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I got on the topic the other day or media players in Ubuntu and which did I use. There are a few that I really like, but none of them are actually installed by default. Below are three media (audio, video or both) players that I like.

Fedora's metrics have ripple effect

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Fedora announced this month that by using a tracking tool to monitor unique IP addresses, it was able to determine that Fedora Core 6 now has more than one million users. What does all this metric gathering mean for future Fedora releases? Moreover, what does it mean for the Linux community at large? The answer on both counts: plenty.

The REAL difference between open and closed source programming

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So many people have made so many posts on blogs and mailing lists and in web pages about open source vs. closed source. There have been too many flame fests and bad feelings. Time for some facts. The REAL difference between open and closed source programming.

Red Hat to open source its Network product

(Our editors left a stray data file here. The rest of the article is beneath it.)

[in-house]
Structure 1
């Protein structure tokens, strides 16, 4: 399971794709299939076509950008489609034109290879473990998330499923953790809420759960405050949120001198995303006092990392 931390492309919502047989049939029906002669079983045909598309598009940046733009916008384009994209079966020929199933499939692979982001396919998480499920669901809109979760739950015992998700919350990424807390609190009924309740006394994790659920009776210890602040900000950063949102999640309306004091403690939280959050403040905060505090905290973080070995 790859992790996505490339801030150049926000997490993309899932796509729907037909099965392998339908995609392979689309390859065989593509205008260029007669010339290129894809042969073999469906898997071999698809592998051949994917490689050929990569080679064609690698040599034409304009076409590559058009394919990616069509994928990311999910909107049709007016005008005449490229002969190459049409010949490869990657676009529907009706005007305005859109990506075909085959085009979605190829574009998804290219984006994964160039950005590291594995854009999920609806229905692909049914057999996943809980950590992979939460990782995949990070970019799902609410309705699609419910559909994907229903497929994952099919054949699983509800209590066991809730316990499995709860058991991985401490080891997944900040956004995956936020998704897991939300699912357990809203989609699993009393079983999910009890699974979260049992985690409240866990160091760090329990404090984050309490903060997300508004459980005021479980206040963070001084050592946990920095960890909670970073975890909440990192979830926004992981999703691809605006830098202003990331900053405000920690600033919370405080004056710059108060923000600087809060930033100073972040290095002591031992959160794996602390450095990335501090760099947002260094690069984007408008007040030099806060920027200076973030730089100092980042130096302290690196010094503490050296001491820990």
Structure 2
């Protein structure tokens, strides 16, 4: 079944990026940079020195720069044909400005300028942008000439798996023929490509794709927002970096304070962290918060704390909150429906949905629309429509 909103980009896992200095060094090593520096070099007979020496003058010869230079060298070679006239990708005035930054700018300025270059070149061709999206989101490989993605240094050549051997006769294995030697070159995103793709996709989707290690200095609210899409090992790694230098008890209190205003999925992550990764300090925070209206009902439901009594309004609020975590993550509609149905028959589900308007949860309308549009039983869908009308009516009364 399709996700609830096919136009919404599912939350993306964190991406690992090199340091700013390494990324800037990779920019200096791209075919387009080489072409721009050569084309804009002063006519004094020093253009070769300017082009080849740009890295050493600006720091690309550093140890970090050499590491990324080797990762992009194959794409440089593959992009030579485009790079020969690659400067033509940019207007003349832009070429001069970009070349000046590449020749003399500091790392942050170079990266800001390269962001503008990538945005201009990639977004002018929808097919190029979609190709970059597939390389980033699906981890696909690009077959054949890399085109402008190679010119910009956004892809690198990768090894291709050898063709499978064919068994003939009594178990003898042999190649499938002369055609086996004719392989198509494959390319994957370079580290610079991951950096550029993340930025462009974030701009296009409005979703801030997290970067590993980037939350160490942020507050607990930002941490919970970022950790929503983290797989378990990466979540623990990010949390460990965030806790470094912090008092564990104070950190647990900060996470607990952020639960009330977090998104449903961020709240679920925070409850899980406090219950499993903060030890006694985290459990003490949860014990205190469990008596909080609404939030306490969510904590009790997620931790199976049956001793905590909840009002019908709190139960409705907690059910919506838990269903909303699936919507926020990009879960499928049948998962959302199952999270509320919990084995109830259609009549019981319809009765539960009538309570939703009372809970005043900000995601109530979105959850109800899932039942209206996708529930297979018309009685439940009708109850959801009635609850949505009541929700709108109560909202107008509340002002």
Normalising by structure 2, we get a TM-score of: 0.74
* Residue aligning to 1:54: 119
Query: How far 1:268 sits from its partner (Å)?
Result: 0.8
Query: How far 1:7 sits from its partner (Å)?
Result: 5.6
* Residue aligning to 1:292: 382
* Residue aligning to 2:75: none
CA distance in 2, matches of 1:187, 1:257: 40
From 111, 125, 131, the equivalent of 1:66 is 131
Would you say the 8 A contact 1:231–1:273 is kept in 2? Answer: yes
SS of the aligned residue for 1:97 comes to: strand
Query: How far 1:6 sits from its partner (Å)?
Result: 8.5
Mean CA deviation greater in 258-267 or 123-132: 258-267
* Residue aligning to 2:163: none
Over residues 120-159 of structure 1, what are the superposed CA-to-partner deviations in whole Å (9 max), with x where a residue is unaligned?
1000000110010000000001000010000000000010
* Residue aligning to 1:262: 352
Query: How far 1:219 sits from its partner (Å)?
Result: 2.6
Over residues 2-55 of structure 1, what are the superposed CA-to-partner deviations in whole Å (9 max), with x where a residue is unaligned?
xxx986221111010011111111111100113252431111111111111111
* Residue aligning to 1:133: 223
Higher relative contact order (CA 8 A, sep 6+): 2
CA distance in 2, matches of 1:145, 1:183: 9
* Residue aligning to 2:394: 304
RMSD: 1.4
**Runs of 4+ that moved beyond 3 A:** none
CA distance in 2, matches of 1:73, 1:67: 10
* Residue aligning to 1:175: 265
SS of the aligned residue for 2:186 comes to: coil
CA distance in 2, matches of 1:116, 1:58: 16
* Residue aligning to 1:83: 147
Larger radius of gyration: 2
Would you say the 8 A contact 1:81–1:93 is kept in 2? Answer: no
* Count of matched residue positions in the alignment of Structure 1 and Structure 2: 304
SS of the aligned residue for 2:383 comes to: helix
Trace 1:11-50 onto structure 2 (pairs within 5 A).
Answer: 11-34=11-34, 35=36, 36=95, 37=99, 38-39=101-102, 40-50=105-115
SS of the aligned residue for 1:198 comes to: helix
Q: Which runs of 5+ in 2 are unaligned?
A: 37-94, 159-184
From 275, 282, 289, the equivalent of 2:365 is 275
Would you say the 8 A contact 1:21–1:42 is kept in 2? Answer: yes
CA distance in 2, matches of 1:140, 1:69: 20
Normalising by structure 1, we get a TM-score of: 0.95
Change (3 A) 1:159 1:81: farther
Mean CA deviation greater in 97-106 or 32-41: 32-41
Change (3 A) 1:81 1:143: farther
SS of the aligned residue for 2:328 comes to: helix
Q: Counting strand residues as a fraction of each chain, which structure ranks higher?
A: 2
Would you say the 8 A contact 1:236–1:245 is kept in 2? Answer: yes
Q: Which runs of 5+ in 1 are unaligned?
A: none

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One of the primary reasons companies buy Red Hat and JBoss is for the network(s): Red Hat Network and JBoss Operations Network. By open sourcing it Red Hat could enable an ever-growing body of commercial open source vendors to make serious money with free software.

Remote backup: Five tips in five minutes

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According to Pierre Dorion, certified business continuity professional with Mainland Information Systems Inc., remote backups address a disaster recovery requirement for a lot of organizations. "Not having your production data and backup copy in the same place at any time is ideal," he said.

Installing Mobo, CPU & Memory

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First thing is first, make sure that you have everything you need to get started. What good is it to get started only to find you don’t have everything necessary? This can take quite a bit of time, but is well worth the effort. Once you have inventoried everything it is time to get started!

How to debug a Shell Script smartly

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This article shows you how to write your shell scripts smartly to make them easier to test and debug. You can use traditional set command. There is drawback of using set command. Before moving a script to production environment you need to remove all debug lines. This tip shows you how to solve this old problem without introducing any new errors.